Almost 50 per cent of Thai people believe that Prime Minister Yingluck Shinawatra is a politician who could be an ethical role model, according to a recent survey by the Abac Poll.
The survey was conducted among 2,102 respondents in 17 provinces between July 14 and July 17. It focused on Asarnha Bucha Day and ethical role models.
Of those polled, 41.7 per cent named Prime Minister and Defence Minister Yingluck Shinawatra as a role-model politicians when it came to virtues and morality. Coming next on the list was Opposition Leader Abhisit Vejjajiva, who won the trust of 31.6 per cent of respondents, and Minister of Agriculture and Co-operatives Yukol Limlamthong, who was also a role model, according to 18.4 per cent respondents.
Among government officials, some 44.8 per cent named Army Chief General Prayuth Chan-ocha as a role model. Next was the Department of Special Investigations (DSI) chief Tarit Pengdith with 27.8 per cent of support, National Police chief Pol General Adul Saengsingkaew with 12.3 per cent, and the Finance Ministry’s permanent secretary Areepong Bhoocha-oom with 11 per cent support.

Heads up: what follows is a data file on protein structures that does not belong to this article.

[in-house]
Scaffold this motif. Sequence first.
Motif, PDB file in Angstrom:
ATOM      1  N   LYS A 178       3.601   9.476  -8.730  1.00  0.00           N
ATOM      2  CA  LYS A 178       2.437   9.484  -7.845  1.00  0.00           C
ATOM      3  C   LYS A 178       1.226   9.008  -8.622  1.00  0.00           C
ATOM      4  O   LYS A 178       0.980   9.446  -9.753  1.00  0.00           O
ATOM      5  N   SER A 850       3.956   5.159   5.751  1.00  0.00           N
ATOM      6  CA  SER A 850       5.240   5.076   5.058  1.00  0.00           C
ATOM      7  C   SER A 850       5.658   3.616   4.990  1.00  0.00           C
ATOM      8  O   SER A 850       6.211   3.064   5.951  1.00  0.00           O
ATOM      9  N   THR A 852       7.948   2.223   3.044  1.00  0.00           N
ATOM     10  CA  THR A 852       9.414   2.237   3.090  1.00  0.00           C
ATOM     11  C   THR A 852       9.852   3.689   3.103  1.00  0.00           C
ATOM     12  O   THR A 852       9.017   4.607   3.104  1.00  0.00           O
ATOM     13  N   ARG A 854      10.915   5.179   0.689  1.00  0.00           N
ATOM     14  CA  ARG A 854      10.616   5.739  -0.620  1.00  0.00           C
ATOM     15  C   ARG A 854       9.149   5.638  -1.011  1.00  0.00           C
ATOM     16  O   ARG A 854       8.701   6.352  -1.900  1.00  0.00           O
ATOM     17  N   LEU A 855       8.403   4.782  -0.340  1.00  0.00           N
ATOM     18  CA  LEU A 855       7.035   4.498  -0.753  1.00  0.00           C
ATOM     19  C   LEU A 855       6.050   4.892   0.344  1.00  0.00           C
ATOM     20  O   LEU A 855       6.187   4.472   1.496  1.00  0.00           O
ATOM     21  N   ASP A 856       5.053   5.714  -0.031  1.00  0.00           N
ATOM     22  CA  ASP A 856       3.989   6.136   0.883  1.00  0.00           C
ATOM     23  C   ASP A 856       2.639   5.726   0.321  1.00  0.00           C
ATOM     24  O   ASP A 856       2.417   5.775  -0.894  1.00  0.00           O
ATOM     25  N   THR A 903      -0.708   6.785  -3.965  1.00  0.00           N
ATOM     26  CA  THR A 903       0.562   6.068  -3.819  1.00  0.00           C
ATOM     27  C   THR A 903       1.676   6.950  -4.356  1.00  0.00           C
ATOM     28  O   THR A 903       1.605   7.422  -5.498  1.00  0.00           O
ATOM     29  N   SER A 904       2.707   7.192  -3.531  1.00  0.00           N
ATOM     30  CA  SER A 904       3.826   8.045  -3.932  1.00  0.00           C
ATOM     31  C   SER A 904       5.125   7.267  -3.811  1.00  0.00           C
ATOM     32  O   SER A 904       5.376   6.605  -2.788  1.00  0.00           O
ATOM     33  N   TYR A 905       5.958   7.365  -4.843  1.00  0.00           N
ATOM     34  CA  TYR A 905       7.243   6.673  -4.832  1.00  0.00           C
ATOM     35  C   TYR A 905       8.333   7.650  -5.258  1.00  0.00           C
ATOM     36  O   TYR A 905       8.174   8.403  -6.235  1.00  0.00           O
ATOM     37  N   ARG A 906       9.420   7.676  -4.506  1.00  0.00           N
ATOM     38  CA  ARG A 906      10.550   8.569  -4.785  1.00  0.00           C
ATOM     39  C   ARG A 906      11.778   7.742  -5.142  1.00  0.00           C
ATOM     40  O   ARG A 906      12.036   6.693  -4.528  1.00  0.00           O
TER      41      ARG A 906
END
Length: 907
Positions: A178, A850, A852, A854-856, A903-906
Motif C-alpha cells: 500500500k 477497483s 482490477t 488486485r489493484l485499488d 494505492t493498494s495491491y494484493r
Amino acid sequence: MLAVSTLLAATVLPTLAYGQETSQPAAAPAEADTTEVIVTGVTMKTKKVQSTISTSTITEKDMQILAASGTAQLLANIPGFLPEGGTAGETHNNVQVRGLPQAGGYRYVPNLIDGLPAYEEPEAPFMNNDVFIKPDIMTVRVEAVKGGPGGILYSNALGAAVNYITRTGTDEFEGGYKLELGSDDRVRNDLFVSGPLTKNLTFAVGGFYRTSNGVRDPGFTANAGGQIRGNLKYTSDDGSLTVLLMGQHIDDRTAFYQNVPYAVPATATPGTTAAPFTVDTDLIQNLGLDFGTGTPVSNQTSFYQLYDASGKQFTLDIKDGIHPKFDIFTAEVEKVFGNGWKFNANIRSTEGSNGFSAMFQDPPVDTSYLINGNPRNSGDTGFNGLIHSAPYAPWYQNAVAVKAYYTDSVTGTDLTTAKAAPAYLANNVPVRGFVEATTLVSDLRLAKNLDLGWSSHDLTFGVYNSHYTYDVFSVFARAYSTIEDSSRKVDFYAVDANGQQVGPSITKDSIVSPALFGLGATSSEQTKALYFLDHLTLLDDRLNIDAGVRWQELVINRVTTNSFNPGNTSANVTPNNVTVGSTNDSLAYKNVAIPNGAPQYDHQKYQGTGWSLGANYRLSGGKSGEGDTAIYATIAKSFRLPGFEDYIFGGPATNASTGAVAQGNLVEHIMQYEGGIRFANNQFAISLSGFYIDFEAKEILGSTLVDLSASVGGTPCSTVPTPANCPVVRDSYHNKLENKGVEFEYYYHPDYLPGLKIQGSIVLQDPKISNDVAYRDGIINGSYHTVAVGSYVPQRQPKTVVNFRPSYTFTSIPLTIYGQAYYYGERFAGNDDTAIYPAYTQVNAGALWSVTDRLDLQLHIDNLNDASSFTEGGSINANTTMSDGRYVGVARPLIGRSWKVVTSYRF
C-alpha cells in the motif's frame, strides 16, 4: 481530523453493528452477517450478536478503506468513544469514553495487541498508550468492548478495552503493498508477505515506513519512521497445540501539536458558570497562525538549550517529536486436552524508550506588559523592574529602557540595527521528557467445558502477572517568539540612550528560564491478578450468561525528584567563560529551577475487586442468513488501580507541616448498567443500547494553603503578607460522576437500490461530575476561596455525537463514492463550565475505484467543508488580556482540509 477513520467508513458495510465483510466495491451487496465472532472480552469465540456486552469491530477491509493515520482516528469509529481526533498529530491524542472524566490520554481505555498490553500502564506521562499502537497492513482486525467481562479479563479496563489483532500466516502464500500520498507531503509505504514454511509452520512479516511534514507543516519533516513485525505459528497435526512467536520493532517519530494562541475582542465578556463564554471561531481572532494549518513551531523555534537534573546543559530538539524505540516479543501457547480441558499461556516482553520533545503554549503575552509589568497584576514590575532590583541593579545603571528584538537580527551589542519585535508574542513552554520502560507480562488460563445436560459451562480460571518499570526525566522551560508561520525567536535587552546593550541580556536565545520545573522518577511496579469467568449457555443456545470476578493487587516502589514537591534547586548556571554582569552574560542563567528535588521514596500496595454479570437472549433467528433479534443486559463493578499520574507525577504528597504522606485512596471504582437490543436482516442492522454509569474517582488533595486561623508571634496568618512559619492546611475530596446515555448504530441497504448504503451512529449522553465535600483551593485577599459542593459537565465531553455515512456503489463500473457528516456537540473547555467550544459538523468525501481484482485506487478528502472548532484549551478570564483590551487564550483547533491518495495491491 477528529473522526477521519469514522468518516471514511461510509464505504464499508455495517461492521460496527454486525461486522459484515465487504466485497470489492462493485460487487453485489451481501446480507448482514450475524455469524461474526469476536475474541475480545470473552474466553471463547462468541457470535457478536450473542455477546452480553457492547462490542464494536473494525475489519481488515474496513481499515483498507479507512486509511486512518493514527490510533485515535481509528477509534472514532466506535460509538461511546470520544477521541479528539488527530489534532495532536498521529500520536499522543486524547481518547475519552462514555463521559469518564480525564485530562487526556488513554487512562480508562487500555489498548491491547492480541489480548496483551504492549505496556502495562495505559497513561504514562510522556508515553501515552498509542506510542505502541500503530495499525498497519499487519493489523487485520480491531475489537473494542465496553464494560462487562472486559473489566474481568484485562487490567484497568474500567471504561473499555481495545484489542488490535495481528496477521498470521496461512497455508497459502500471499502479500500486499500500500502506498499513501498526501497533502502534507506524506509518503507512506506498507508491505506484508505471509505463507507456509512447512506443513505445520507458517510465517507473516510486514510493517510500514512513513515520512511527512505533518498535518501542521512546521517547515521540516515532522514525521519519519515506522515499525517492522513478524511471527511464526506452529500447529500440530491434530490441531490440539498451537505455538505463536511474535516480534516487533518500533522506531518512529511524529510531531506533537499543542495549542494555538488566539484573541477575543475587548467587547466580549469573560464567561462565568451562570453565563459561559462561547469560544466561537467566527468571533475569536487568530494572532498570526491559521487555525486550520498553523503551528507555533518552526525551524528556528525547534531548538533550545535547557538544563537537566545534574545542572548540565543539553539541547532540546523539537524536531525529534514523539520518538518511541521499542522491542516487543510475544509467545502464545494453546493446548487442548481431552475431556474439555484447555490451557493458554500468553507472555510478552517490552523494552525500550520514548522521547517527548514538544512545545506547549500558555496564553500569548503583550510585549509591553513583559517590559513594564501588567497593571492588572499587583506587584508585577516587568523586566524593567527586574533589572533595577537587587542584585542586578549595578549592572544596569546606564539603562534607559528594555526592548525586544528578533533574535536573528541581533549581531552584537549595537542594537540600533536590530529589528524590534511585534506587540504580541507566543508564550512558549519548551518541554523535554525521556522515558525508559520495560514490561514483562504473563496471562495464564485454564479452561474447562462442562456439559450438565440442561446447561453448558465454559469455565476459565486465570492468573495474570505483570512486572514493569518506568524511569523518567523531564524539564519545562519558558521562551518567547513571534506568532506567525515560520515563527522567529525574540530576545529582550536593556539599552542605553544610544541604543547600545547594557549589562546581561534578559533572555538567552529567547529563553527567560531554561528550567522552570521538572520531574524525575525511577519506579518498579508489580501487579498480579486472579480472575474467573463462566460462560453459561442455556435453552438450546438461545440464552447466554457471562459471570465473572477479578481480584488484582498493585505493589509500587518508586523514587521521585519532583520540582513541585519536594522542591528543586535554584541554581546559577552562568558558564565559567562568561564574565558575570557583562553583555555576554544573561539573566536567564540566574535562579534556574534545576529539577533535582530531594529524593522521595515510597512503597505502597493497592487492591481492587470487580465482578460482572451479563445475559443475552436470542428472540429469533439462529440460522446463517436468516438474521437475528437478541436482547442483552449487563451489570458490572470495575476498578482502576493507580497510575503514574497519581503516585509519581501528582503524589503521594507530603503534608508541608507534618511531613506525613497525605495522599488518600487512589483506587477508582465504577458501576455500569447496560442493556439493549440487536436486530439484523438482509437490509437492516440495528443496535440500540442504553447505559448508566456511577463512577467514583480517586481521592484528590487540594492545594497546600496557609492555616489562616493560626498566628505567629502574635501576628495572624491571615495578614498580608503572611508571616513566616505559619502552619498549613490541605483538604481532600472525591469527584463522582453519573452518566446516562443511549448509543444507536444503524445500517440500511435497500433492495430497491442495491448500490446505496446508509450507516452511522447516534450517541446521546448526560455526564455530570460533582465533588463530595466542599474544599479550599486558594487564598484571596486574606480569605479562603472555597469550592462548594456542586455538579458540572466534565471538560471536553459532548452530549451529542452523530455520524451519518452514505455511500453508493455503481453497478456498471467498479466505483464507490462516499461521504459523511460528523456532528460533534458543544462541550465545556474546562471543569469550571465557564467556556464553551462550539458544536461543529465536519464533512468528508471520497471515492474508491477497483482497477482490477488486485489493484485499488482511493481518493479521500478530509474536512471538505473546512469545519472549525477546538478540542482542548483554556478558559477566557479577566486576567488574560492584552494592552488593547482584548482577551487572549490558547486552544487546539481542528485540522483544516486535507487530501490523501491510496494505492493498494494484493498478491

On respectable figures in the society, 41.2 per cent said Privy Council President General Prem Tinsulanonda was an ethical role model. Democrat chief adviser Chuan Leekpai came second with the trust of 23 per cent of respondents. Former Prime Minister Thaksin Shinawatra won the trust from 15.1 per cent of respondents, while former prime minister Anand Panyarachun received 7.9 per cent and Chai Pattana Foundation secretary general Sumet Tantivejkul 7.1 per cent.
When asked about what they intended to do on Asarnha Bucha Day (which falls on a Monday this year), 84.3 per cent said they would make merit, 62.4 per cent planned to visit temples, and 40.4 per cent said they would join a traditional candle-lit procession.
The survey also detected some concerns among the public, with 75.2 per cent of respondents believing that the country’s moral standards had declined. Only 17.2 per cent were convinced that the situation remained the same, while a mere 7.6 per cent believed moral standards had improved.